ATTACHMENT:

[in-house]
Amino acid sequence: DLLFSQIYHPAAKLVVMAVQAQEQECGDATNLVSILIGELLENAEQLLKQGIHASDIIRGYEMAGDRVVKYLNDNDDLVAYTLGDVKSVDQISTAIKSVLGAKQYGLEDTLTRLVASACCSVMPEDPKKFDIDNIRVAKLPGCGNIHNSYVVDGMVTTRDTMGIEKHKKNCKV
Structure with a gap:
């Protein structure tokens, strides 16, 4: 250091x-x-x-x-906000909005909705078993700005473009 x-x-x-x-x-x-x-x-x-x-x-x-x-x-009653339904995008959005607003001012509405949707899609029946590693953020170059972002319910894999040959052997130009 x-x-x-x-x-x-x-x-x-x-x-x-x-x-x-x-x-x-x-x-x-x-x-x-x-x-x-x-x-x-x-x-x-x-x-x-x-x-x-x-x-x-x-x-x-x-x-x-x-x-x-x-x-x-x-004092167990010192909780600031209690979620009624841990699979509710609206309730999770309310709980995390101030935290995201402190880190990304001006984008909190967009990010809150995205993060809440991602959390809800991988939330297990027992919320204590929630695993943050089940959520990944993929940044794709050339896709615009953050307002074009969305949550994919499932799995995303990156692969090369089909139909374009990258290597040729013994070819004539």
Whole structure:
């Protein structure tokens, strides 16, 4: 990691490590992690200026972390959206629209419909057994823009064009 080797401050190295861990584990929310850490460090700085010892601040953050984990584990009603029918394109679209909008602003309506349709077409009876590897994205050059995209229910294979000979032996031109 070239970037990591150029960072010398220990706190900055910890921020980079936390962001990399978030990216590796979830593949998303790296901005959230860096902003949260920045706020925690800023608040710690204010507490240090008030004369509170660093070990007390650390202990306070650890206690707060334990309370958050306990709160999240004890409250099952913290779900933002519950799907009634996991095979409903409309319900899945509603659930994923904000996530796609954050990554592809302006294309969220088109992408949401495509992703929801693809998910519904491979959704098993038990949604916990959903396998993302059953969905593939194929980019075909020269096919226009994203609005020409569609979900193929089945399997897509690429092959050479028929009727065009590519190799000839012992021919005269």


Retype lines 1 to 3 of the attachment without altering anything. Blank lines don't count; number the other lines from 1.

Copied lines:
[in-house]
Amino acid sequence: DLLFSQIYHPAAKLVVMAVQAQEQECGDATNLVSILIGELLENAEQLLKQGIHASDIIRGYEMAGDRVVKYLNDNDDLVAYTLGDVKSVDQISTAIKSVLGAKQYGLEDTLTRLVASACCSVMPEDPKKFDIDNIRVAKLPGCGNIHNSYVVDGMVTTRDTMGIEKHKKNCKV
Structure with a gap: